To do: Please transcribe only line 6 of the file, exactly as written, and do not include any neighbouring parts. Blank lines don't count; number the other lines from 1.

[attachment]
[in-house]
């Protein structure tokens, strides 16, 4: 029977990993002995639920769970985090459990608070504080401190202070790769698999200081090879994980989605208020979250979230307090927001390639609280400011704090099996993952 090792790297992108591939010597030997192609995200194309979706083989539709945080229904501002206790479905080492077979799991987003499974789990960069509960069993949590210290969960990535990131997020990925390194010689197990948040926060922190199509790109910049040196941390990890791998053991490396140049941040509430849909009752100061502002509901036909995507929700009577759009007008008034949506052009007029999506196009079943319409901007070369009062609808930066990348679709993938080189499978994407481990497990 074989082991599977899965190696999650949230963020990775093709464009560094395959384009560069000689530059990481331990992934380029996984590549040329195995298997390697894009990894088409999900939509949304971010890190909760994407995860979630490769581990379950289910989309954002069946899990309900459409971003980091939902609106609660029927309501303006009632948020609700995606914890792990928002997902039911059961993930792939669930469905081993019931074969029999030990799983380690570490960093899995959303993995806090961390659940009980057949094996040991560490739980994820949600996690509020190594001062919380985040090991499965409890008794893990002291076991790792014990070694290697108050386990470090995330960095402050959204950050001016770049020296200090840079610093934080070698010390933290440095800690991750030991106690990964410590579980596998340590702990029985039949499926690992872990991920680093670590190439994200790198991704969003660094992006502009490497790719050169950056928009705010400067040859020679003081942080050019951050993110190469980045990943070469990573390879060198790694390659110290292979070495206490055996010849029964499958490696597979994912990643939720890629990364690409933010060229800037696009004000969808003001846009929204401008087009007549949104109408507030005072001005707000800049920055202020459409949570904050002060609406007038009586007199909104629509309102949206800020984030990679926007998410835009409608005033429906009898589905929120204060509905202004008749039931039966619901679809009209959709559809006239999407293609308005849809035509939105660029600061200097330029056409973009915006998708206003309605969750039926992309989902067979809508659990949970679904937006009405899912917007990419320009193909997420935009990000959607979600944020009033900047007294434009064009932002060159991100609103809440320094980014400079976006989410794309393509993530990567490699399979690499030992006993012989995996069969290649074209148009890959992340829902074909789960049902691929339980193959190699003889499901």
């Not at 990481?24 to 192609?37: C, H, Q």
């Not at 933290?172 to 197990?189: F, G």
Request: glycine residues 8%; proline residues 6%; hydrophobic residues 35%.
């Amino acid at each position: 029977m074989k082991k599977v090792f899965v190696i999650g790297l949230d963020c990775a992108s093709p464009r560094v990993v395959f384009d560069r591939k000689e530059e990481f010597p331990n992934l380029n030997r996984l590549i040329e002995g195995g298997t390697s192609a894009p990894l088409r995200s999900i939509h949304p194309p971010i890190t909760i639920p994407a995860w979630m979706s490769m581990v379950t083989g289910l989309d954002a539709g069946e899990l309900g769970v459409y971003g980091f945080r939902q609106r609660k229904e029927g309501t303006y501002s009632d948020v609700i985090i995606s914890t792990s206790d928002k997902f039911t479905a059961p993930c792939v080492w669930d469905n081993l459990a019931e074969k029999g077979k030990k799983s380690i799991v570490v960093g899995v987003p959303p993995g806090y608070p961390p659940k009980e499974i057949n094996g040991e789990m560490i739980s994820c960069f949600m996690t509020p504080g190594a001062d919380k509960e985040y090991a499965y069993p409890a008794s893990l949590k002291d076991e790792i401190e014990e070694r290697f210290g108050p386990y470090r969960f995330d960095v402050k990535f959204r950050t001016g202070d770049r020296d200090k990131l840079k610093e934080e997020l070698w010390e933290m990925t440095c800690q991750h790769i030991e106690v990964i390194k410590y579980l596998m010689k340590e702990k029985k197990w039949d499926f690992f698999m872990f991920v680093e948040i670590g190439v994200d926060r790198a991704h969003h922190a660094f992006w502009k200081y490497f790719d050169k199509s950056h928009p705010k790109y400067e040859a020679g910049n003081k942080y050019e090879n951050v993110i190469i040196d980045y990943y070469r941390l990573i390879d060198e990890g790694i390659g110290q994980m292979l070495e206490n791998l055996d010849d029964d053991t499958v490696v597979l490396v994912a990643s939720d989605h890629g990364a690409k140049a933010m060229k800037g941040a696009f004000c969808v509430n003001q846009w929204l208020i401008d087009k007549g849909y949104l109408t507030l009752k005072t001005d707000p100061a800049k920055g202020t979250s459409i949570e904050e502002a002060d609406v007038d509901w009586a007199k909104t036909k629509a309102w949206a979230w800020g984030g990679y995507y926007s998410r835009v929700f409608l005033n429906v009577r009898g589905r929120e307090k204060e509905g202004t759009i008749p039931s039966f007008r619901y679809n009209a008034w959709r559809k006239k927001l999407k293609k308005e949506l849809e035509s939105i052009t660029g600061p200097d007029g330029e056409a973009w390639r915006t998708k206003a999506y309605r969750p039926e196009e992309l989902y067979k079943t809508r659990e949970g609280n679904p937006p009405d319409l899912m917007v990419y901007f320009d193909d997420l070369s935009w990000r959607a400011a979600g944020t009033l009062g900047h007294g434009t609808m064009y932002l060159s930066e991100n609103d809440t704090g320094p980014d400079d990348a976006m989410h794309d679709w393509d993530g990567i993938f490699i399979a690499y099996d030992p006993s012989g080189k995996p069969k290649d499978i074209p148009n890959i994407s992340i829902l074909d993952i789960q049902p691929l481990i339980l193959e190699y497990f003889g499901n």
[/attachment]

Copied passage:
């Amino acid at each position: 029977m074989k082991k599977v090792f899965v190696i999650g790297l949230d963020c990775a992108s093709p464009r560094v990993v395959f384009d560069r591939k000689e530059e990481f010597p331990n992934l380029n030997r996984l590549i040329e002995g195995g298997t390697s192609a894009p990894l088409r995200s999900i939509h949304p194309p971010i890190t909760i639920p994407a995860w979630m979706s490769m581990v379950t083989g289910l989309d954002a539709g069946e899990l309900g769970v459409y971003g980091f945080r939902q609106r609660k229904e029927g309501t303006y501002s009632d948020v609700i985090i995606s914890t792990s206790d928002k997902f039911t479905a059961p993930c792939v080492w669930d469905n081993l459990a019931e074969k029999g077979k030990k799983s380690i799991v570490v960093g899995v987003p959303p993995g806090y608070p961390p659940k009980e499974i057949n094996g040991e789990m560490i739980s994820c960069f949600m996690t509020p504080g190594a001062d919380k509960e985040y090991a499965y069993p409890a008794s893990l949590k002291d076991e790792i401190e014990e070694r290697f210290g108050p386990y470090r969960f995330d960095v402050k990535f959204r950050t001016g202070d770049r020296d200090k990131l840079k610093e934080e997020l070698w010390e933290m990925t440095c800690q991750h790769i030991e106690v990964i390194k410590y579980l596998m010689k340590e702990k029985k197990w039949d499926f690992f698999m872990f991920v680093e948040i670590g190439v994200d926060r790198a991704h969003h922190a660094f992006w502009k200081y490497f790719d050169k199509s950056h928009p705010k790109y400067e040859a020679g910049n003081k942080y050019e090879n951050v993110i190469i040196d980045y990943y070469r941390l990573i390879d060198e990890g790694i390659g110290q994980m292979l070495e206490n791998l055996d010849d029964d053991t499958v490696v597979l490396v994912a990643s939720d989605h890629g990364a690409k140049a933010m060229k800037g941040a696009f004000c969808v509430n003001q846009w929204l208020i401008d087009k007549g849909y949104l109408t507030l009752k005072t001005d707000p100061a800049k920055g202020t979250s459409i949570e904050e502002a002060d609406v007038d509901w009586a007199k909104t036909k629509a309102w949206a979230w800020g984030g990679y995507y926007s998410r835009v929700f409608l005033n429906v009577r009898g589905r929120e307090k204060e509905g202004t759009i008749p039931s039966f007008r619901y679809n009209a008034w959709r559809k006239k927001l999407k293609k308005e949506l849809e035509s939105i052009t660029g600061p200097d007029g330029e056409a973009w390639r915006t998708k206003a999506y309605r969750p039926e196009e992309l989902y067979k079943t809508r659990e949970g609280n679904p937006p009405d319409l899912m917007v990419y901007f320009d193909d997420l070369s935009w990000r959607a400011a979600g944020t009033l009062g900047h007294g434009t609808m064009y932002l060159s930066e991100n609103d809440t704090g320094p980014d400079d990348a976006m989410h794309d679709w393509d993530g990567i993938f490699i399979a690499y099996d030992p006993s012989g080189k995996p069969k290649d499978i074209p148009n890959i994407s992340i829902l074909d993952i789960q049902p691929l481990i339980l193959e190699y497990f003889g499901n």